FINANCE minister Patrick Chinamasa has put himself on a collision course with parents after he recently announced that government would no longer pay Early Childhood Development (ECD) teachers’ salaries, asking parents to foot the wage bills.
Parents in Bulawayo yesterday told Southern Eye that Cabinet should not have approved the ECD programme in the first place if it did not plan to fund it.
The parents said they would soon lobby for the scrapping of ECD classes until such a time when government has secured funding for the teachers.
“The government should not pass the buck to parents, we do not have money,” a parent who declined to be named said.
Mgoqo Primary School development committee chairperson Nelson Phiri said they could not afford to pay the four ECD teachers at the school and asked government to shoulder the responsibility.
“At times, as the chairperson, one has to go around with a bowl begging for donations for these teachers to be paid,” he said.
Phiri said the government, as the responsible authority, should not put this burden on parents and schools.
His sentiments were echoed by several parents, who called on government to scrap off the ECD programme if Treasury had no funding for it.
Chinamasa announced that the government will not recruit the 6 000 ECD teachers, arguing they were a huge drain on the fiscus.
In his 2018 National Budget statement, Chinamasa said: “Parents and communities have, over a long time, demonstrated commitment to complement government efforts to provide education services . . . In this regard, government will continue to complement the efforts of parents, particularly in urban areas with the major interventions being to provide the necessary guidance over ECD curriculum and teaching standards. This will allow operations of existing former creche/nursery schools to continue providing ECD education, under the supervision of government.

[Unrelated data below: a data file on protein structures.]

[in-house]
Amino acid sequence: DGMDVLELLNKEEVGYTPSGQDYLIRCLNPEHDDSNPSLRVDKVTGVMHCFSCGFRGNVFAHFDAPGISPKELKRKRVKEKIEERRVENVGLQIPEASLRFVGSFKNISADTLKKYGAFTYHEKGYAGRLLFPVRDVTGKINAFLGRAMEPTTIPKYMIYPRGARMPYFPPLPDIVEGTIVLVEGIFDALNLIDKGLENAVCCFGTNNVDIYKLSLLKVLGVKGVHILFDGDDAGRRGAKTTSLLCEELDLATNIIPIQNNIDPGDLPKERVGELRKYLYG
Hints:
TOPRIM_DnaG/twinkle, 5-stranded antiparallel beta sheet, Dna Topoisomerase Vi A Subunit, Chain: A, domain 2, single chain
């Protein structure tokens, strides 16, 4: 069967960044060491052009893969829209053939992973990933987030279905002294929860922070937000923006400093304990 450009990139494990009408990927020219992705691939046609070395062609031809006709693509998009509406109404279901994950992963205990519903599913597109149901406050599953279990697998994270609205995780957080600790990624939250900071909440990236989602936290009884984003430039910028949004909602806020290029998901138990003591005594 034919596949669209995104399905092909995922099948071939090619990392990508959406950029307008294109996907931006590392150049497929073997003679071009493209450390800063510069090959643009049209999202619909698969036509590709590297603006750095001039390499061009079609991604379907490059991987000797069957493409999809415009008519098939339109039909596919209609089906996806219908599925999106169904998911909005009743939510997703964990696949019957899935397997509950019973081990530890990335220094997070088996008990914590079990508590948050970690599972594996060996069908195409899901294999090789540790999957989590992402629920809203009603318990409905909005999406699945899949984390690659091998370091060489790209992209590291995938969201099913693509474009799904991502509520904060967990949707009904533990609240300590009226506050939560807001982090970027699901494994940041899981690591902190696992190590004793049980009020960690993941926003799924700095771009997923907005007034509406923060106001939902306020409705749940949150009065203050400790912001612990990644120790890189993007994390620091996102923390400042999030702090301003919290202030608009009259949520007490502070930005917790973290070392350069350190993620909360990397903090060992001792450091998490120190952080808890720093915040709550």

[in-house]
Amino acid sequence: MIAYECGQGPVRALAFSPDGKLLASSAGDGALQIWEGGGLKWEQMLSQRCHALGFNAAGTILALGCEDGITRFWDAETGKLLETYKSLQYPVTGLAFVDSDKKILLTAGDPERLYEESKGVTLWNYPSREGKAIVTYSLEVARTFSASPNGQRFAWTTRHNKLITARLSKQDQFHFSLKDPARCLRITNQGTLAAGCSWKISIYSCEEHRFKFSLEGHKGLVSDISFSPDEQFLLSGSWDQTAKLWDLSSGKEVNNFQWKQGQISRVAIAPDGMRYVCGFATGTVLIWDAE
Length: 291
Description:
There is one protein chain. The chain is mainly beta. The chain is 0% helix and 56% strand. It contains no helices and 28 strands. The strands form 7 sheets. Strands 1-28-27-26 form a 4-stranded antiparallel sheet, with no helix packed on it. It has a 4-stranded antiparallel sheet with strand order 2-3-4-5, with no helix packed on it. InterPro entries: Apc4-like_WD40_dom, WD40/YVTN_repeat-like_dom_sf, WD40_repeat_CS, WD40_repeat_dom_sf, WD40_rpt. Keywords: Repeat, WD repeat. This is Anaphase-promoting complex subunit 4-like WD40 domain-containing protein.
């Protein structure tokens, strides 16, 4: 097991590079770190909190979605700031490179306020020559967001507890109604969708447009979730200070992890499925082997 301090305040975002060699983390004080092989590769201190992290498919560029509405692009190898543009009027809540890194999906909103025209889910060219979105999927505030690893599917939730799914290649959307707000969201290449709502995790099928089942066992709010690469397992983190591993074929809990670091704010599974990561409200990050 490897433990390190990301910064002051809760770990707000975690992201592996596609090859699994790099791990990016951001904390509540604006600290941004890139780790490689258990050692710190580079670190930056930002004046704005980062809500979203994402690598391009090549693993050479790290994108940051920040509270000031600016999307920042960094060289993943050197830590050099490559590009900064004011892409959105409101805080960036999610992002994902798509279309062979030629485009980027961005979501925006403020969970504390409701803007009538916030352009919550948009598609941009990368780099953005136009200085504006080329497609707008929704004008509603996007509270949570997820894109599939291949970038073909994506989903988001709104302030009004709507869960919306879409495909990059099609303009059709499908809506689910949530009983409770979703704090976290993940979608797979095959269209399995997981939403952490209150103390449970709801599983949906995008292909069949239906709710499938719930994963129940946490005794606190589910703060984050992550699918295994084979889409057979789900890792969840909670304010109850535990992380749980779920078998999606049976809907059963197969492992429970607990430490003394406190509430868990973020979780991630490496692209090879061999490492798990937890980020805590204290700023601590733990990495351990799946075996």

“This development will, therefore, obviate the need for recruitment of an additional 5 907 teachers at Budget expense for ECD levels . . . Parents and communities participation in supporting the provision of ECD schooling services will save the fiscus an additional $36 million in employment costs per annum.”
Primary and Secondary Education permanent secretary Sylvia Utete-Masango last week reiterated that parents should bear all costs.
“Nothing has changed and freezing these posts is a cost-cutting measure. The ministry, together with parents, should come up with solutions. We could rationalise those in the system, reskill them and rationalise, re-assign them to other areas,’’ she said.